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Herbert George Wells was born in 1866 in Bromley, Kent. His career as an author was fostered by an unfortunate accident as a child. He broke his leg and spent the mandatory rest period reading every book which he could find. Wells was awarded a scholarship and furthered his education at the Normal School of Science in London. It was at the Normal School that Wells came under the wing of the famous biologist Thomas H. Huxley. Wells' "science fiction" (although he never called it such)was clearly influenced by his studies at the Normal School and his interest in biology.
H.G. Wells gained fame with his first major fiction work: The Time Machine in 1895. Soon after the publication of this book, Wells followed with The Island of Dr. Moreau (1895), The Invisible Man (1897), and perhaps his most famous popular work: The War of the Worlds (1898).
Over the years Wells became concerned with the fate of human society in a world where technology and scientific study were advancing at a rapid pace. For a period he was a member of The Fabian Society, a group of social philosophers in London. Wells's later works became less science fiction and more social critique.
The accuracy of the "science" in Wells's work has often been called into question. It is rumored that Wells and the French novelist Jules Verne actually criticized each other's writing. Wells's claim was that "Verne couldn't write himself out of a paper sack" and Verne accused Wells of having "scientifically implausible ideas." The science may not be accurate, but the adventure and philosophy in those books makes Wells' early science fiction fun and fascinating to read.
A retelling of a classic story featuring the heroic deeds of King Arthur and the knights of the round table. This edition of The Time Machine is one of a range of marvellous comic books created in the '50s and '60s now with artwork re-coloured and covers digitally enhanced for a new generation. Perfect bound at a terrifically good value price. A message from the publisher:We're delighted to re-introduce these marvellous comic books to new generations of readers who will surely enjoy them as fantastic tales of adventure and excitement but will also improve their reading skills as a result and be inspired to read the complete versions of many of these fine works. I sincerely hope that you enjoy these superb adaptations and are similarly inspired as I was, nearly 50 years ago - Jeff Brooks, CEO, Classic Comic Store Ltd
“I would certainly recommend any parent hoping to inspire an interest in the ‘classics’ of literature to consider exposing their children to this excellent version of the story. Certainly the art is striking. The cover is simply superb, and Cameron's Tripods are a masterpiece of design” - John Gosling - writer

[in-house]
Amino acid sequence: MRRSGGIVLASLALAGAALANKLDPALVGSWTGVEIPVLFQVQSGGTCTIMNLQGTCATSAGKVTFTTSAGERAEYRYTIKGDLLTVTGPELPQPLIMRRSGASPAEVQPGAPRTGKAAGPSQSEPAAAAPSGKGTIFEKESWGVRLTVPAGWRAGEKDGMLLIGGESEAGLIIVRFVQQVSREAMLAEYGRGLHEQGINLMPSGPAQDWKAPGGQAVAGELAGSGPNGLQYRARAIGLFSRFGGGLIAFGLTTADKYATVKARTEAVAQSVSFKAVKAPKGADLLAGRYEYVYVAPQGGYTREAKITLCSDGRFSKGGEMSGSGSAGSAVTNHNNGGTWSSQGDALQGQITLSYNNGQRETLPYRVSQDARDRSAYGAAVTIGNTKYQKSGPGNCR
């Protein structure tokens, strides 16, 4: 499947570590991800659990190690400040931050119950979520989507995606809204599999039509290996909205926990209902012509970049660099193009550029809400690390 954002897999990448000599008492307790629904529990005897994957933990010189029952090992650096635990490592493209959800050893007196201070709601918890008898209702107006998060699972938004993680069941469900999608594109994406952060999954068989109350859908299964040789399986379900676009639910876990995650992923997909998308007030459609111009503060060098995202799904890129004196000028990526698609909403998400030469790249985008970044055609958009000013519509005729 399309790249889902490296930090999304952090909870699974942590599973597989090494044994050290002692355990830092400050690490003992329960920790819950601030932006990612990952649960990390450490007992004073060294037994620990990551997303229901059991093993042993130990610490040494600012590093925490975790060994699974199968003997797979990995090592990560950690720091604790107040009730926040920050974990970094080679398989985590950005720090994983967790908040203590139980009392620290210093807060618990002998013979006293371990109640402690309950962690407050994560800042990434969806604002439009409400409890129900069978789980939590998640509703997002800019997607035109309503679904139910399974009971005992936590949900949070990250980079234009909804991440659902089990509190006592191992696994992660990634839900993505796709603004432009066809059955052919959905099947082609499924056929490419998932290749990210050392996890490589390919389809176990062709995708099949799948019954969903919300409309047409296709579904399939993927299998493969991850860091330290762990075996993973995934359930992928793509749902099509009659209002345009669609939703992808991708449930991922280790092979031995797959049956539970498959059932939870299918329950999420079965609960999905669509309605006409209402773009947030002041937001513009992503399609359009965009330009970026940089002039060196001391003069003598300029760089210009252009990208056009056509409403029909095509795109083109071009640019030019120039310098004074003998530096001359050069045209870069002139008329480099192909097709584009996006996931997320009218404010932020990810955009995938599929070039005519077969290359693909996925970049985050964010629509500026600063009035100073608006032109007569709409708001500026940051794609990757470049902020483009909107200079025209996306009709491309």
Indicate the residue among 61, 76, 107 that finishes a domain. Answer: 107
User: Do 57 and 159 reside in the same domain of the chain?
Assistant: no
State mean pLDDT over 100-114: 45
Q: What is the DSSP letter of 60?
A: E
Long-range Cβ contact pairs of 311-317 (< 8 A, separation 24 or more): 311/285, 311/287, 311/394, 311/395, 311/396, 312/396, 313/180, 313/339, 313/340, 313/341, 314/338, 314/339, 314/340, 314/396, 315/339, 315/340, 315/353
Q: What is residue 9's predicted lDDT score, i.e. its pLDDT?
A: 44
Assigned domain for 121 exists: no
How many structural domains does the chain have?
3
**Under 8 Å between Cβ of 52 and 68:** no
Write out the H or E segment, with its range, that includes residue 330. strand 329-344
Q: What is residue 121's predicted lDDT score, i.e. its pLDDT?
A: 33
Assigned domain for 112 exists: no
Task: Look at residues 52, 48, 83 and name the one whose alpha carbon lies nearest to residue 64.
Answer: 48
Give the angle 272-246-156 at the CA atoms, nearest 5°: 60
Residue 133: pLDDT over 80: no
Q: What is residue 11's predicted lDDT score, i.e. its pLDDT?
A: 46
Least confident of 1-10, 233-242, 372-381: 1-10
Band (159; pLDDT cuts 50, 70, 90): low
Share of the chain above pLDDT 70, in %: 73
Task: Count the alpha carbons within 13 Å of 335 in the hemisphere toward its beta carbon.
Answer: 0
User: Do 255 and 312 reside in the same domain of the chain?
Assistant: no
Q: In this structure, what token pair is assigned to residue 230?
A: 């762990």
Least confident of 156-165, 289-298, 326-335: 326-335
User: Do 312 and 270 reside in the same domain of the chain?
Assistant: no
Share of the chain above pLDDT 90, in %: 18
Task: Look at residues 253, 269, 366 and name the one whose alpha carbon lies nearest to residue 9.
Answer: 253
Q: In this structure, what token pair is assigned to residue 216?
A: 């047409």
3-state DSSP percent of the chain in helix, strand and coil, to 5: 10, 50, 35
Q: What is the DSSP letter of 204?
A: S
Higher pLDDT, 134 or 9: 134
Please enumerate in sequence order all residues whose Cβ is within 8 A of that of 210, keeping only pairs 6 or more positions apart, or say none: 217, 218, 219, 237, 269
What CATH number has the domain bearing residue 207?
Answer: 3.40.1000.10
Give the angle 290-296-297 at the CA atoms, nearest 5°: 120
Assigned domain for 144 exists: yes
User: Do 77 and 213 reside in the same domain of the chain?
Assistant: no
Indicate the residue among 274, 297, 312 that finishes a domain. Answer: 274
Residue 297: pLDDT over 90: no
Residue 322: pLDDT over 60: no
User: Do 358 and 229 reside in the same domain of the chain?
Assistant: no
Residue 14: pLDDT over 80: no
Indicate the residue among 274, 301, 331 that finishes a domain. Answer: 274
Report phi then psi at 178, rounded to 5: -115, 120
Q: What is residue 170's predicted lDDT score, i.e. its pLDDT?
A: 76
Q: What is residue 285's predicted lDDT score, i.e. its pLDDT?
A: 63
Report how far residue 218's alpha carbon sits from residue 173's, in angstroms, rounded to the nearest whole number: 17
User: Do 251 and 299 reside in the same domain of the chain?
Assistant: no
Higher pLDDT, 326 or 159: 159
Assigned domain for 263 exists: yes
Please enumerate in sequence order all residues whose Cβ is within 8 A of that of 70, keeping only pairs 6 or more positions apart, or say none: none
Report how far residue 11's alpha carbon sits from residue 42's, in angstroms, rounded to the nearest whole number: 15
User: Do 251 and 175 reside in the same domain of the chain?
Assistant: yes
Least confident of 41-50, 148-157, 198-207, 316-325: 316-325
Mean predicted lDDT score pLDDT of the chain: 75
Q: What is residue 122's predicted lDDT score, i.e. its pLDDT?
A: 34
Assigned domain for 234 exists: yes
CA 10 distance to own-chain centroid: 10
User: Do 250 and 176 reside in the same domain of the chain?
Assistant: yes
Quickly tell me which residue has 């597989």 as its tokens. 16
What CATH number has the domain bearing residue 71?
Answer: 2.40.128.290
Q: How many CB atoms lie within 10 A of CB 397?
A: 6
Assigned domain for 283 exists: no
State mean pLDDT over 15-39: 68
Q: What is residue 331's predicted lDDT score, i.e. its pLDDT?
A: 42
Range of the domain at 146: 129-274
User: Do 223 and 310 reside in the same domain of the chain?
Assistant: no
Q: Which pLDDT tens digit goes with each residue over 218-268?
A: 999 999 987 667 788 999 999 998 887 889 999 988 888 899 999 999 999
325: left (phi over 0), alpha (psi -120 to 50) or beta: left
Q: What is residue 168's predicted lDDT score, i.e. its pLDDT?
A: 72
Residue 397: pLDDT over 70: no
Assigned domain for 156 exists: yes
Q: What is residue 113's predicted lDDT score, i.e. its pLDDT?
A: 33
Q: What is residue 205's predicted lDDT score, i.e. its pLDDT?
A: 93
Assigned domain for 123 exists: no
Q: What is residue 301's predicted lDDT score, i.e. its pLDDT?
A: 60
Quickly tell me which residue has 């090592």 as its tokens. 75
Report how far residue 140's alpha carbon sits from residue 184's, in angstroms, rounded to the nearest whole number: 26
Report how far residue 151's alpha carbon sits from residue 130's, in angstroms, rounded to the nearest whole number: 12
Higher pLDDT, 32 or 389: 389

HarperCollins is proud to present its incredible range of best-loved, essential classics. I beheld, unclouded by doubt, a magnificent vision of all that invisibility might mean to a man - the mystery, the power, the freedom. Griffin, a stranger, arrives at the local inn of an English village, entirely shrouded in bandages. Forbidding and unfriendly, he confines himself to his room. Driven away by the villagers and turning to an old friend for help, Griffin reveals that he has discovered how to make himself invisible, and plans to use his condition for treacherous ends. But when his friend refuses to join his quest, Griffin turns murderous, threatening to seek revenge on all who have betrayed him. H. G. Wells' controversial works are considered modern classics of the science fiction genre. Originally serialised in 1897, The Invisible Man is a fascinating exploration of power, corruption and science.
The eight stories here show Wells in various moods and foreshadow his celebrity. These are uncanny tales, resonating strangely, despite arising from ordinary thoughts, interactions, and memories. Wells shows just how fantastic the everyday can be, if one only pauses to reflect on missed chances, suggestions of what might have been, bleak premonitions of blessed futures whose utopian promise is destroyed by new forms of war.
A classic of science fiction and a dark meditation on Darwinian thought in the late Victorian period, The Island of Doctor Moreau explores the possibility of civilisation as a constraint imposed on savage human nature. The protagonist, Edward Prendick, finds himself stranded on an island with the notorious Doctor Moreau, whose experiments on the island's humans and animals result in unspeakable horrors. The critical introduction to this Broadview Edition gives particular emphasis to Wells's hostility towards religion as well as his thorough knowledge of the Darwinian thought of his time. Appendices provide passages from Darwin and Huxley related to Wells's early writing; in addition, excerpts from other writers illustrate late-nineteenth-century anxieties about social degeneration.
H.G. Wells's 1909 novel centres on the coming of age of the spirited Ann Veronica, who runs away from her sheltered suburban home to live in London. There she mingles with feminists, studies biology, learns jiu jitsu, and even participates in a suffragette raid on the House of Commons that lands her in jail. When originally published, the novel was deemed poisonous for its bold treatment of an adulterous romance that only lightly veiled Wells's extramarital affairs. While critics debate whether the shift to romance undermines the novel's feminist themes, readers continue to be engaged by its vividly realized heroine and its rich portrayal of the tumultuous social movements of Edwardian London. Historical documents expand on the novel's autobiographical dimension with letters between Wells and Amber Reeves, the model for Ann Veronica; also included are materials on the suffrage movement, attempts to censor the novel, and the New Woman.